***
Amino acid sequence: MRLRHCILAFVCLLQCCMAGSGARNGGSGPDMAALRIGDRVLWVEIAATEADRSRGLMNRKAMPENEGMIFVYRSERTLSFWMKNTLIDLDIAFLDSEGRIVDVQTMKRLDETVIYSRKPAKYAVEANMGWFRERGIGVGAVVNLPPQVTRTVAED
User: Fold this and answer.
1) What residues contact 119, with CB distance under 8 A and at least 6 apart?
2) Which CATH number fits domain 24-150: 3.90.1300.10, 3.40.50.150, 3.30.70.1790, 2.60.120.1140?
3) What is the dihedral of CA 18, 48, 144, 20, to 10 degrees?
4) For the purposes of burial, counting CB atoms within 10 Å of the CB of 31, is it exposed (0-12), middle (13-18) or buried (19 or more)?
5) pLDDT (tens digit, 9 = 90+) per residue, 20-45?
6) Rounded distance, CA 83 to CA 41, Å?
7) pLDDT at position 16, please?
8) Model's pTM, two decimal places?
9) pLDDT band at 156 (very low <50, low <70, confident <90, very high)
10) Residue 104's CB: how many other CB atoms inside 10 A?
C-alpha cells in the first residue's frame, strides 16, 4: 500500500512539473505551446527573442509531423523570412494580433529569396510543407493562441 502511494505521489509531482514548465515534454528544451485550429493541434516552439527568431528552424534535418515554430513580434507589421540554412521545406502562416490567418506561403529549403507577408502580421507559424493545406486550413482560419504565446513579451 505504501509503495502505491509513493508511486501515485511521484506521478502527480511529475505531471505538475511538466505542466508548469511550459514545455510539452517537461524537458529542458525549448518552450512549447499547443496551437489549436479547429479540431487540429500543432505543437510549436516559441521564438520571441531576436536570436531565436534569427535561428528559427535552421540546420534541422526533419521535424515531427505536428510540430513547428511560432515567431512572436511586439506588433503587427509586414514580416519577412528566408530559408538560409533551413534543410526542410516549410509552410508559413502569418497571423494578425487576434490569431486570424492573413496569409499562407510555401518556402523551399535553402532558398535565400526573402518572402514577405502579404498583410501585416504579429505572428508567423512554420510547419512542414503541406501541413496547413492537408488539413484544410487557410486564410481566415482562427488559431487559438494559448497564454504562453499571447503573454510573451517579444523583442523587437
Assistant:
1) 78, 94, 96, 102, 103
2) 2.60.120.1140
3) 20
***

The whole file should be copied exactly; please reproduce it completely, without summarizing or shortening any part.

Amino acid sequence: MRLRHCILAFVCLLQCCMAGSGARNGGSGPDMAALRIGDRVLWVEIAATEADRSRGLMNRKAMPENEGMIFVYRSERTLSFWMKNTLIDLDIAFLDSEGRIVDVQTMKRLDETVIYSRKPAKYAVEANMGWFRERGIGVGAVVNLPPQVTRTVAED
User: Fold this and answer.
1) What residues contact 119, with CB distance under 8 A and at least 6 apart?
2) Which CATH number fits domain 24-150: 3.90.1300.10, 3.40.50.150, 3.30.70.1790, 2.60.120.1140?
3) What is the dihedral of CA 18, 48, 144, 20, to 10 degrees?
4) For the purposes of burial, counting CB atoms within 10 Å of the CB of 31, is it exposed (0-12), middle (13-18) or buried (19 or more)?
5) pLDDT (tens digit, 9 = 90+) per residue, 20-45?
6) Rounded distance, CA 83 to CA 41, Å?
7) pLDDT at position 16, please?
8) Model's pTM, two decimal places?
9) pLDDT band at 156 (very low <50, low <70, confident <90, very high)
10) Residue 104's CB: how many other CB atoms inside 10 A?
C-alpha cells in the first residue's frame, strides 16, 4: 500500500512539473505551446527573442509531423523570412494580433529569396510543407493562441 502511494505521489509531482514548465515534454528544451485550429493541434516552439527568431528552424534535418515554430513580434507589421540554412521545406502562416490567418506561403529549403507577408502580421507559424493545406486550413482560419504565446513579451 505504501509503495502505491509513493508511486501515485511521484506521478502527480511529475505531471505538475511538466505542466508548469511550459514545455510539452517537461524537458529542458525549448518552450512549447499547443496551437489549436479547429479540431487540429500543432505543437510549436516559441521564438520571441531576436536570436531565436534569427535561428528559427535552421540546420534541422526533419521535424515531427505536428510540430513547428511560432515567431512572436511586439506588433503587427509586414514580416519577412528566408530559408538560409533551413534543410526542410516549410509552410508559413502569418497571423494578425487576434490569431486570424492573413496569409499562407510555401518556402523551399535553402532558398535565400526573402518572402514577405502579404498583410501585416504579429505572428508567423512554420510547419512542414503541406501541413496547413492537408488539413484544410487557410486564410481566415482562427488559431487559438494559448497564454504562453499571447503573454510573451517579444523583442523587437
Assistant:
1) 78, 94, 96, 102, 103
2) 2.60.120.1140
3) 20